Interestingly, chromosome VII of A-81062 contains multiple maltose/maltotriose transporters, and we did actually see a positive correlation between the sugar utilization rate and estimated copy numbers of these maltose transporters:


We also looked at single nucleotide polymorphisms occuring in the coding sequence of genes that resulted in amino acid changes. We found several mutations that hit common genes across the adapted isolates, such as IRA2, HSP150 and MNN4. In addition, some genes known to be linked with ethanol tolerance, such as UTH1, were affected.

So while there were no very obvious genomic changes that would explain the improved phenotype in the adapted isolates, we saw several factors that appeared to contribute to it. We unfortunately weren’t able to test them through reverse engineering as this was outside the scope of the current project, but it would definitely be interesting to do so in the future!

Our study demonstrates the possibility of improving newly created lager yeast hybrids (and also ale strains!) through adaptive evolution by generating stable and superior variants that possess traits that are desirable in beer fermentation (fast fermentation rate and desirable aroma profile). Thanks for reading!


Interspecific hybridization is a valuable tool for developing and improving brewing yeast in a number of industry-relevant aspects. However, the genomes of newly formed hybrids can be unstable. Here, we exploited this trait by adapting four brewing yeast strains, three of which were de novo interspecific lager hybrids with different ploidy levels, to high ethanol concentrations in an attempt to generate variant strains with improved fermentation performance in high-gravity wort. Through a batch fermentation-based adaptation process and selection based on a two-step screening process, we obtained eight variant strains which we compared to the wild-type strains in 2-liter-scale wort fermentations replicating industrial conditions. The results revealed that the adapted variants outperformed the strains from which they were derived, and the majority also possessed several desirable brewing-relevant traits, such as increased ester formation and ethanol tolerance, as well as decreased diacetyl formation. The variants obtained from the polyploid hybrids appeared to show greater improvements in fermentation performance than those derived from diploid strains. Interestingly, it was not only the hybrid strains, but also the Saccharomyces cerevisiae parent strain, that appeared to adapt and showed considerable changes in genome size. Genome sequencing and ploidy analysis revealed that changes had occurred at both the chromosome and single nucleotide levels in all variants. Our study demonstrates the possibility of improving de novo lager yeast hybrids through adaptive evolution by generating stable and superior variants that possess traits relevant to industrial lager beer fermentation.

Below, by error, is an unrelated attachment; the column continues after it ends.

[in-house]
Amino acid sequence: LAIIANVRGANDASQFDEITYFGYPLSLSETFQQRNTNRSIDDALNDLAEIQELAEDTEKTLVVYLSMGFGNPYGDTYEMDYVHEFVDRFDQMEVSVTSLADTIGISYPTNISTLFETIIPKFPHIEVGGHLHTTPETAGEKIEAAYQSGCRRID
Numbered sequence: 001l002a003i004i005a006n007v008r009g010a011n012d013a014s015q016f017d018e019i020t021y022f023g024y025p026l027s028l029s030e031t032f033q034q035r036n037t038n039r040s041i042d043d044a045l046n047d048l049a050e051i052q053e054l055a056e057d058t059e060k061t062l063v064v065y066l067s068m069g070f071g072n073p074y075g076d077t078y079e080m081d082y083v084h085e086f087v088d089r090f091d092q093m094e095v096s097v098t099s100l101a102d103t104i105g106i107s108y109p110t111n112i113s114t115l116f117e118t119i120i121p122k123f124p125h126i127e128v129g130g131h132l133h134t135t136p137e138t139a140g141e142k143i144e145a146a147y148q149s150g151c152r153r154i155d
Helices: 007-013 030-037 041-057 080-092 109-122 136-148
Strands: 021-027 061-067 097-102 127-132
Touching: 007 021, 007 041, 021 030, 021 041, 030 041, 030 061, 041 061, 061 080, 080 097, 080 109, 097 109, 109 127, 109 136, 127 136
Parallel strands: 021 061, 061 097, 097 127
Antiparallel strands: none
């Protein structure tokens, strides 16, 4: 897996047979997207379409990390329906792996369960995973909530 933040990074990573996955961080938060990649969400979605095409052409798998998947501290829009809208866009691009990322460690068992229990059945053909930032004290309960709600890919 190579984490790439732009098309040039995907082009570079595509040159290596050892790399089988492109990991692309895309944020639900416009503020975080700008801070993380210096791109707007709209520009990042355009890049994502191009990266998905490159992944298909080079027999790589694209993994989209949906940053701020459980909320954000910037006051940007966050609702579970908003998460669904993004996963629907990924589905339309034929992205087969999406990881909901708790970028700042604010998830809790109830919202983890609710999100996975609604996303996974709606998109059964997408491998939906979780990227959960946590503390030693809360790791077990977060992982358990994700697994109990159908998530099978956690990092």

IMPORTANCE Recent studies have shown that hybridization is a valuable tool for creating new and diverse strains of lager yeast. Adaptive evolution is another strain development tool that can be applied in order to improve upon desirable traits. Here, we apply adaptive evolution to newly created lager yeast hybrids by subjecting them to environments containing high ethanol levels. We isolated and characterized a number of adapted variants which possess improved fermentation properties and ethanol tolerance. Genome analysis revealed substantial changes in the variants compared to the original strains. These improved variant strains were produced without any genetic modification and are suitable for industrial lager beer fermentations.


Citation: Krogerus K, Holmström S, Gibson B. 2018. Enhanced wort fermentation with de novo lager hybrids adapted to high-ethanol environments. Appl Environ Microbiol 84:e02302-17.


  1. Nice one! Do you guys have a chemostat? Would the experiment not be as good if it was done with one over batch fermentations because of the replication of industrial use?

    Also, not sure if you saw this – I posted it in MTF.

  2. Thanks! We do have chemostats, but decided to use batch fermentations for the reason you mentioned (replicating the industrial cycle). It takes a bit longer with batch fermentations, and the yeast is not constantly in exponential growth phase. I have seen that paper! It is a neat idea, and probably how highly flocculating strains have emerged.

  3. Cheers for the quick reply and info. Yeah, that paper makes me question whether whitbred B* was chosen for tower fermentation or did it result from the tower fermentation?

    *(s04/whitbred dry/wyeast1098/wlp007/ncyc1026)

  4. Semi-new yes. Its been available since September, but it looks like it has now been formatted and put in an issue.